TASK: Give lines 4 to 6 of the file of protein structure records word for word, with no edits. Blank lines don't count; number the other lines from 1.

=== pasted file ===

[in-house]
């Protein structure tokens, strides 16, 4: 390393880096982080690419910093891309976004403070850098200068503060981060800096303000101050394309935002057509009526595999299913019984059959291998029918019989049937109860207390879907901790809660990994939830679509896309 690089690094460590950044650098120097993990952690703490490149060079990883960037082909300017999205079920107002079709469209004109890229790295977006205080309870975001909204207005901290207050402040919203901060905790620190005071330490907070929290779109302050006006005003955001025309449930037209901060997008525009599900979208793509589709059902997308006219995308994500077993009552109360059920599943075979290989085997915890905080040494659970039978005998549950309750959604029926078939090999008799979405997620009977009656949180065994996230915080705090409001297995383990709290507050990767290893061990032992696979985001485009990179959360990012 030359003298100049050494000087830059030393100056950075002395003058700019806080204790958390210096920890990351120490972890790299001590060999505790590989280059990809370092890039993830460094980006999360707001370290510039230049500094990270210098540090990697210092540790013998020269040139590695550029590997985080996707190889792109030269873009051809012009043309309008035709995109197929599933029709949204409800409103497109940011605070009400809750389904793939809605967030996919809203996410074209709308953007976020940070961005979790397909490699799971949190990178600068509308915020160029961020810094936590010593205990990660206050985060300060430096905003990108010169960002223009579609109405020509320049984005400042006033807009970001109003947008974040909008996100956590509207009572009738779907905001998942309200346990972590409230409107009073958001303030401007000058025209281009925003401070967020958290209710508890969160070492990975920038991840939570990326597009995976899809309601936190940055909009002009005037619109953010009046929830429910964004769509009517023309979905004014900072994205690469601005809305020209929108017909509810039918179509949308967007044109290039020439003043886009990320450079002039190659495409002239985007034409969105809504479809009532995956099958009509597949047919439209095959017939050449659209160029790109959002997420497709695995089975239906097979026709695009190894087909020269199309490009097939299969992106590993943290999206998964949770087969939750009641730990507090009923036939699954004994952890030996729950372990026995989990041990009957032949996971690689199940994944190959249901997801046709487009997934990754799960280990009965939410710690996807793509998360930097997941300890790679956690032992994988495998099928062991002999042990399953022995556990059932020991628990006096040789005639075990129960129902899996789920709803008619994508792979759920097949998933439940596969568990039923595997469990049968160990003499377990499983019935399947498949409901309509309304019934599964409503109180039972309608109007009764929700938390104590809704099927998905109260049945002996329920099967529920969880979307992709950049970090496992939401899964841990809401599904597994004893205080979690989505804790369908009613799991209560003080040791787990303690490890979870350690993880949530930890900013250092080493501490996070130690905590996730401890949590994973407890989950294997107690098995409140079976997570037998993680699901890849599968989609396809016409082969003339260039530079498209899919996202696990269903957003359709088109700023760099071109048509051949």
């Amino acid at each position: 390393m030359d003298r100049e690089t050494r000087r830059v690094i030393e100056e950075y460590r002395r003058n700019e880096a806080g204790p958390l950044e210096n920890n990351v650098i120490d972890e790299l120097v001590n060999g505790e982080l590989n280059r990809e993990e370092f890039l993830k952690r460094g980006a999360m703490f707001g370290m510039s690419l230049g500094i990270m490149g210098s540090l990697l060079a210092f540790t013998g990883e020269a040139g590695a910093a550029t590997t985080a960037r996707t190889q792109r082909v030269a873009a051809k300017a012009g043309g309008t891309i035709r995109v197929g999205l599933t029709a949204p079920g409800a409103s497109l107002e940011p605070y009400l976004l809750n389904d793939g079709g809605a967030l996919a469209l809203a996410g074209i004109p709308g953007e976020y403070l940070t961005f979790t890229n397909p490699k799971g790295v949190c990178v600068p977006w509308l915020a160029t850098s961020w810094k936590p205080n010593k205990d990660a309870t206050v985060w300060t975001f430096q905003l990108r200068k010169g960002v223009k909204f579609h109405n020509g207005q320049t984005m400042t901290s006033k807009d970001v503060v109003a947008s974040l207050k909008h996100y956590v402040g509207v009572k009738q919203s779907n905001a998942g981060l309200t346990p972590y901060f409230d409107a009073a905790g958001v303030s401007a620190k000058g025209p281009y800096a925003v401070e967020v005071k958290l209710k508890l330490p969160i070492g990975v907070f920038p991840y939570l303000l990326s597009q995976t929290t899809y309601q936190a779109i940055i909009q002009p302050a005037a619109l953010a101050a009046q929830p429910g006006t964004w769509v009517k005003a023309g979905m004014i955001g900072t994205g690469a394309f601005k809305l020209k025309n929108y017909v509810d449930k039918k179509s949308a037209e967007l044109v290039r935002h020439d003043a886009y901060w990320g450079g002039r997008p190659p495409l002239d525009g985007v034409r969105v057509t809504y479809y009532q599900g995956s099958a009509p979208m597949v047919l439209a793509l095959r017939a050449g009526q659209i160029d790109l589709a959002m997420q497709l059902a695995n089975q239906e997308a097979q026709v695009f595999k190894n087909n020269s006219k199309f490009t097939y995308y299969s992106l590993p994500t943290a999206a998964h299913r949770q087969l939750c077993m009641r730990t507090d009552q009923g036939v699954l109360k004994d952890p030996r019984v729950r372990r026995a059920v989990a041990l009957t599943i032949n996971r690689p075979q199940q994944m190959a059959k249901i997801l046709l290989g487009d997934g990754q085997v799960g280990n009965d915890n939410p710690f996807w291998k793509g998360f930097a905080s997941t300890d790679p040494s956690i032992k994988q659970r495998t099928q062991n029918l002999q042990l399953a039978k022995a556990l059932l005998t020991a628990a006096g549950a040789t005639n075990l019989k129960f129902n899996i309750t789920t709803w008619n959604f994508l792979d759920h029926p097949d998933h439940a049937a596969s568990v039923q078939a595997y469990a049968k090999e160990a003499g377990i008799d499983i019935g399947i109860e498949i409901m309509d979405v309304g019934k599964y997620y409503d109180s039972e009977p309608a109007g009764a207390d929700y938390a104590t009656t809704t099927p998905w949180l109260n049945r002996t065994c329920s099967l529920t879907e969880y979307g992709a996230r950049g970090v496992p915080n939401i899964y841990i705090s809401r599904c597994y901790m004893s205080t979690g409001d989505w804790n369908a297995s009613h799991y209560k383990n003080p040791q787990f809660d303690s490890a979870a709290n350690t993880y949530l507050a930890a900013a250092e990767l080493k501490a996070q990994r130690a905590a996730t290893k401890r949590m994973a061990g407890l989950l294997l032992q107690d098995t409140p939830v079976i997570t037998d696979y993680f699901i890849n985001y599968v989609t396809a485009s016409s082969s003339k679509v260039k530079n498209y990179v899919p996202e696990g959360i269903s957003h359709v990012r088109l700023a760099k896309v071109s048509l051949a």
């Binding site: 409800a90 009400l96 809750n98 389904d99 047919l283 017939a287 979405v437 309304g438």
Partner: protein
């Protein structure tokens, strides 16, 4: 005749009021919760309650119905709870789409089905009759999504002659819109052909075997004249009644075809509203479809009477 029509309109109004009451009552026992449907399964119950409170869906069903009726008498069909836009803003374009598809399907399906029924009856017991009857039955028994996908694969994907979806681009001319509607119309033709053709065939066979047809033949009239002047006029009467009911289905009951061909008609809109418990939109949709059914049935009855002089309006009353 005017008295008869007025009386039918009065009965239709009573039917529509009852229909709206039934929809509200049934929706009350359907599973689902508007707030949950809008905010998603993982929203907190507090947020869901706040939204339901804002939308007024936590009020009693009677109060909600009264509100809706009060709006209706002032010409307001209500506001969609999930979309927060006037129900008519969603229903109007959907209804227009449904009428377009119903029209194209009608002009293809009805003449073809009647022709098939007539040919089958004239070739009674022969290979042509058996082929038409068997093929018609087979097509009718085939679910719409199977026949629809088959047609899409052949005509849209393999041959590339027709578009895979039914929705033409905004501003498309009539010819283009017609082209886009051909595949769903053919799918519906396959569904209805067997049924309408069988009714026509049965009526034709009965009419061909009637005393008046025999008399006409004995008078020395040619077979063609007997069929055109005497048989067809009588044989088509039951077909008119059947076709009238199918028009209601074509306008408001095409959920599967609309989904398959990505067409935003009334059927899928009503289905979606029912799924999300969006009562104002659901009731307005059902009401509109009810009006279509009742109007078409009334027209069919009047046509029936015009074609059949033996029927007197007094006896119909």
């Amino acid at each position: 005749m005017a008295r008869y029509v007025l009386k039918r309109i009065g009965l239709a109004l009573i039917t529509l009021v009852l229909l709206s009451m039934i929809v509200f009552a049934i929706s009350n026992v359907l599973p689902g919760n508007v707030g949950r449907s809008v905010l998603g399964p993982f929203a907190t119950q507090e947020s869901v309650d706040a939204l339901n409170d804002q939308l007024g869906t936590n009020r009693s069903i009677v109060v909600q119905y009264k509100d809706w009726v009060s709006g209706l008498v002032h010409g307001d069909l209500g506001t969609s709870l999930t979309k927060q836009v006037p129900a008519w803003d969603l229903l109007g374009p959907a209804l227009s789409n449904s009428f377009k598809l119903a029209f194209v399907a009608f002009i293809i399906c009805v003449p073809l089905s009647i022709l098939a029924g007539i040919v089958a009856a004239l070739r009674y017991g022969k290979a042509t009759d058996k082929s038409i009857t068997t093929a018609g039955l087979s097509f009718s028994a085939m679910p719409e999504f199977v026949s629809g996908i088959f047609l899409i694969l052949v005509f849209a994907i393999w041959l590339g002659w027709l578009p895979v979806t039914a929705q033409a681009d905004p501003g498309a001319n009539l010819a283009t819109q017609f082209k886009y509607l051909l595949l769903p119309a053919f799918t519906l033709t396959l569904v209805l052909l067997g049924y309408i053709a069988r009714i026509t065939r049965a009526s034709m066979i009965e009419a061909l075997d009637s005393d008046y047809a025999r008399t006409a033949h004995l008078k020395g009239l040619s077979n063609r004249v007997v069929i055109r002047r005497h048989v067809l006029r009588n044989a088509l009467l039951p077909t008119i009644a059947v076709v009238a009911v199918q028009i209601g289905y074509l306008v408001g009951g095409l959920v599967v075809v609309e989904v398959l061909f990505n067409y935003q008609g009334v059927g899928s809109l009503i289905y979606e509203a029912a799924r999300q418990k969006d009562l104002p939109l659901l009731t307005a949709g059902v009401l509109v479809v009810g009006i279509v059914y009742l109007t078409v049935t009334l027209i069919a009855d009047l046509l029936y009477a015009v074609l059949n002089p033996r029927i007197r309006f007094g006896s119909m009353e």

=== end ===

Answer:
């Binding site: 409800a90 009400l96 809750n98 389904d99 047919l283 017939a287 979405v437 309304g438």
Partner: protein
């Protein structure tokens, strides 16, 4: 005749009021919760309650119905709870789409089905009759999504002659819109052909075997004249009644075809509203479809009477 029509309109109004009451009552026992449907399964119950409170869906069903009726008498069909836009803003374009598809399907399906029924009856017991009857039955028994996908694969994907979806681009001319509607119309033709053709065939066979047809033949009239002047006029009467009911289905009951061909008609809109418990939109949709059914049935009855002089309006009353 005017008295008869007025009386039918009065009965239709009573039917529509009852229909709206039934929809509200049934929706009350359907599973689902508007707030949950809008905010998603993982929203907190507090947020869901706040939204339901804002939308007024936590009020009693009677109060909600009264509100809706009060709006209706002032010409307001209500506001969609999930979309927060006037129900008519969603229903109007959907209804227009449904009428377009119903029209194209009608002009293809009805003449073809009647022709098939007539040919089958004239070739009674022969290979042509058996082929038409068997093929018609087979097509009718085939679910719409199977026949629809088959047609899409052949005509849209393999041959590339027709578009895979039914929705033409905004501003498309009539010819283009017609082209886009051909595949769903053919799918519906396959569904209805067997049924309408069988009714026509049965009526034709009965009419061909009637005393008046025999008399006409004995008078020395040619077979063609007997069929055109005497048989067809009588044989088509039951077909008119059947076709009238199918028009209601074509306008408001095409959920599967609309989904398959990505067409935003009334059927899928009503289905979606029912799924999300969006009562104002659901009731307005059902009401509109009810009006279509009742109007078409009334027209069919009047046509029936015009074609059949033996029927007197007094006896119909």